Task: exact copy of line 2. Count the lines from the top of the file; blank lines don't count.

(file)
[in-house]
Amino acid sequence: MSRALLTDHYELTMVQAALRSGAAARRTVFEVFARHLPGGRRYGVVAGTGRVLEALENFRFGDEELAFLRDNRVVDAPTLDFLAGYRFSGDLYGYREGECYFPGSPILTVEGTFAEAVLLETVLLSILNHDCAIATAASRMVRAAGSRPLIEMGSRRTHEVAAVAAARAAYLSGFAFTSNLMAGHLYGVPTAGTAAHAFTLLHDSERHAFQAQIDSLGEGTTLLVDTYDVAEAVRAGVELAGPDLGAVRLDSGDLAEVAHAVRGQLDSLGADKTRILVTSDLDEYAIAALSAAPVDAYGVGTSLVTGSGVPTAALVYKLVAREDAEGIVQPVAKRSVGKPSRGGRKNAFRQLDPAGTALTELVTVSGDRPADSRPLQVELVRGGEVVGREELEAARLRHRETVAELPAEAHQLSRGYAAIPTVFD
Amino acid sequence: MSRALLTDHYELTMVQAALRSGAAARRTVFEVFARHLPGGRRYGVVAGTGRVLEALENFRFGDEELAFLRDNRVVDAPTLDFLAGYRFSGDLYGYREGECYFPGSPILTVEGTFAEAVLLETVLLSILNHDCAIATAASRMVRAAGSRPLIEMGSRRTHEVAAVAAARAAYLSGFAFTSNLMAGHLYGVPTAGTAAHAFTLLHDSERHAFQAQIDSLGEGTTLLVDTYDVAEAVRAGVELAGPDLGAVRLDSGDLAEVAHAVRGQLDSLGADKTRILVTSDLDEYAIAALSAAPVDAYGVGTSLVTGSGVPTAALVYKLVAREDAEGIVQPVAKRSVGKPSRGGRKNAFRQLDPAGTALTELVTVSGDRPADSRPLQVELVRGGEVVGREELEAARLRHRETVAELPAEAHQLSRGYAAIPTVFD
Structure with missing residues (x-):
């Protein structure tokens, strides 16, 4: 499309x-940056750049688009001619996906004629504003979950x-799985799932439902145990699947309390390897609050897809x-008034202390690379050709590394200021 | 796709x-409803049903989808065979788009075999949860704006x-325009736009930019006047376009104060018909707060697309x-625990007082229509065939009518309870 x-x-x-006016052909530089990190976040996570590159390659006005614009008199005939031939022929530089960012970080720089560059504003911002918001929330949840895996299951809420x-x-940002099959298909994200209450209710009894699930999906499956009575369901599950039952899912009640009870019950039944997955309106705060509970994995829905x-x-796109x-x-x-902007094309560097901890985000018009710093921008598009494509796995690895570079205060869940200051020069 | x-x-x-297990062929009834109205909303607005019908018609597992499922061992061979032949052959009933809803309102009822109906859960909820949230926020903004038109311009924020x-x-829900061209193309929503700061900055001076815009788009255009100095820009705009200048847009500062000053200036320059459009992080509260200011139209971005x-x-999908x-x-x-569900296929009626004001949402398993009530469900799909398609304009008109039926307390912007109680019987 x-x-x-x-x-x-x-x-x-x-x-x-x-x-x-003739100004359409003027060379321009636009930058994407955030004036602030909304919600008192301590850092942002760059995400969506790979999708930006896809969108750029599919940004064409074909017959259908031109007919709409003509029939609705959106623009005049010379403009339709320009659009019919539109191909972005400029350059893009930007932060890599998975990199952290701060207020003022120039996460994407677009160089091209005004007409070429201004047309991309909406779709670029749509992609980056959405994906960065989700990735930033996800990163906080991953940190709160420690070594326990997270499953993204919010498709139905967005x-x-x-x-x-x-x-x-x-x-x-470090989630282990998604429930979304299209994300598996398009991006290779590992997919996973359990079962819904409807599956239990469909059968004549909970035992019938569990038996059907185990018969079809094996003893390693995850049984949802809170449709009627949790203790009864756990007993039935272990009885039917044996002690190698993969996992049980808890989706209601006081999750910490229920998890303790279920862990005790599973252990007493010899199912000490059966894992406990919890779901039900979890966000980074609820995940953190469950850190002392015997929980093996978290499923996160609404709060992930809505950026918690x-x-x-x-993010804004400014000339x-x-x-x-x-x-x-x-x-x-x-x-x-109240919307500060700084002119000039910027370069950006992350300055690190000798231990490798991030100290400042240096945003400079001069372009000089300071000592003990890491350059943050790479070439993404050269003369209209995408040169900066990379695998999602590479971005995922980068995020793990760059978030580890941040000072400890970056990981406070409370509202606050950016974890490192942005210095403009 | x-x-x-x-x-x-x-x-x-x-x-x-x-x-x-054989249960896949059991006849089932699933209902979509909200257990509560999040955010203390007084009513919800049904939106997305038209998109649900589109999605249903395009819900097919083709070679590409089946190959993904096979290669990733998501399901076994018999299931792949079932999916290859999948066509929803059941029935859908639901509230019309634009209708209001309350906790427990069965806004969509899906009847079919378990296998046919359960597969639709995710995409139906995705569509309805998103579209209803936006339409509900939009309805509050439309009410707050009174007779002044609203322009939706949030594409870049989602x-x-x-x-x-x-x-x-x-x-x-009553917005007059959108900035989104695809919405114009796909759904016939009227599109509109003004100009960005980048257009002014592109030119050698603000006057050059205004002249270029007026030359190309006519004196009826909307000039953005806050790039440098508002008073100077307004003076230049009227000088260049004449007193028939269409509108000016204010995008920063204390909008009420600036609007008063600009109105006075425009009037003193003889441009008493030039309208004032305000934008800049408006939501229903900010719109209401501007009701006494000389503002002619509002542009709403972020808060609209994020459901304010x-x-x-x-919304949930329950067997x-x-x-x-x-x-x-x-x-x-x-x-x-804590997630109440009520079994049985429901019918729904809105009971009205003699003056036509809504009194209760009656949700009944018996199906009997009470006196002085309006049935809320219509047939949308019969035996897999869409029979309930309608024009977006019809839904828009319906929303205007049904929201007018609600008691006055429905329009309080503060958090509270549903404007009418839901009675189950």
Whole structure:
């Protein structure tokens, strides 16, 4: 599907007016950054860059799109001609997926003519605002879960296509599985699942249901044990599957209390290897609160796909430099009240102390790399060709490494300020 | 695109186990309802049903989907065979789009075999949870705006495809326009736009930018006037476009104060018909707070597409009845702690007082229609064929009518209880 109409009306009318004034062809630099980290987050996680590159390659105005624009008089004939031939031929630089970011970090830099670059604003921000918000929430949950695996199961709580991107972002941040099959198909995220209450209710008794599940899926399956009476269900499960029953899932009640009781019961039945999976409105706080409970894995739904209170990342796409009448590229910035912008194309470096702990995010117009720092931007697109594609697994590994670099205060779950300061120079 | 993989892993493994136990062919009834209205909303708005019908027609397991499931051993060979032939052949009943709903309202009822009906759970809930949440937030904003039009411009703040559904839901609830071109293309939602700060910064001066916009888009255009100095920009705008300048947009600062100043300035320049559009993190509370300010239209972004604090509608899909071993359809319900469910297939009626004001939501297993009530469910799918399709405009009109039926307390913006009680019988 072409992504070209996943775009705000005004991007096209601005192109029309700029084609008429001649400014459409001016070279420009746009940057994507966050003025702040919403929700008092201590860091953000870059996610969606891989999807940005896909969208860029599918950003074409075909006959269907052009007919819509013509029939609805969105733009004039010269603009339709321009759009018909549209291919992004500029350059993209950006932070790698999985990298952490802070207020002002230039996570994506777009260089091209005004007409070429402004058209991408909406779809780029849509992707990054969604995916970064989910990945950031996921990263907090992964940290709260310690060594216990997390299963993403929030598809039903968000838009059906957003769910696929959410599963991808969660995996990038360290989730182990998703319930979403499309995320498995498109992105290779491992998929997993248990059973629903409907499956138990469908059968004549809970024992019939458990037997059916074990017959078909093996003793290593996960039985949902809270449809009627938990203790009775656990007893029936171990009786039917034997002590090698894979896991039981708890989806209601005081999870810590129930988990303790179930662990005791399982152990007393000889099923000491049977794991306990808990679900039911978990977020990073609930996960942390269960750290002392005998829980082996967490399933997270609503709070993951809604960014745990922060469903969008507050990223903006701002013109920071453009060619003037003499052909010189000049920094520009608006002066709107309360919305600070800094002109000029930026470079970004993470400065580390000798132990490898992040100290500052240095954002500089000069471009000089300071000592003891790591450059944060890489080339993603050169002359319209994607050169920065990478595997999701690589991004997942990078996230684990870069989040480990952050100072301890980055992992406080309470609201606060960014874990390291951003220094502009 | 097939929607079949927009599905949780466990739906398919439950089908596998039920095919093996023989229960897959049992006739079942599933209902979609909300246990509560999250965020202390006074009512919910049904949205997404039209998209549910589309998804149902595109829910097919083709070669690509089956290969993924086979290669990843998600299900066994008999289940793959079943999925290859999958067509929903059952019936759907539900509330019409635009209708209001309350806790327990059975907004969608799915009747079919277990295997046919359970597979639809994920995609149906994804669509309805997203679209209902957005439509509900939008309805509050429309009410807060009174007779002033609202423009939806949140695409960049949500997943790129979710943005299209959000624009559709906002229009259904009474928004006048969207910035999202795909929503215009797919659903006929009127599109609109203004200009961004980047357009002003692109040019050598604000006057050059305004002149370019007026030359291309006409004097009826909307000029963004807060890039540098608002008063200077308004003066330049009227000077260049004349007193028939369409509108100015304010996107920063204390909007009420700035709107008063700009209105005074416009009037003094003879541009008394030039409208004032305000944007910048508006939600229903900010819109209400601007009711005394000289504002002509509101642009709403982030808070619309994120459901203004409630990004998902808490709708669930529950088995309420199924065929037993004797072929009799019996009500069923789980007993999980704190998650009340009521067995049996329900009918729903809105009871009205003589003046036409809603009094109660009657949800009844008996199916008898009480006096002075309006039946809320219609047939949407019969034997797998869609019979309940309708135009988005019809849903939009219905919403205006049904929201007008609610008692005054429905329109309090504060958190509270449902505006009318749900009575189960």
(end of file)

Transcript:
Amino acid sequence: MSRALLTDHYELTMVQAALRSGAAARRTVFEVFARHLPGGRRYGVVAGTGRVLEALENFRFGDEELAFLRDNRVVDAPTLDFLAGYRFSGDLYGYREGECYFPGSPILTVEGTFAEAVLLETVLLSILNHDCAIATAASRMVRAAGSRPLIEMGSRRTHEVAAVAAARAAYLSGFAFTSNLMAGHLYGVPTAGTAAHAFTLLHDSERHAFQAQIDSLGEGTTLLVDTYDVAEAVRAGVELAGPDLGAVRLDSGDLAEVAHAVRGQLDSLGADKTRILVTSDLDEYAIAALSAAPVDAYGVGTSLVTGSGVPTAALVYKLVAREDAEGIVQPVAKRSVGKPSRGGRKNAFRQLDPAGTALTELVTVSGDRPADSRPLQVELVRGGEVVGREELEAARLRHRETVAELPAEAHQLSRGYAAIPTVFD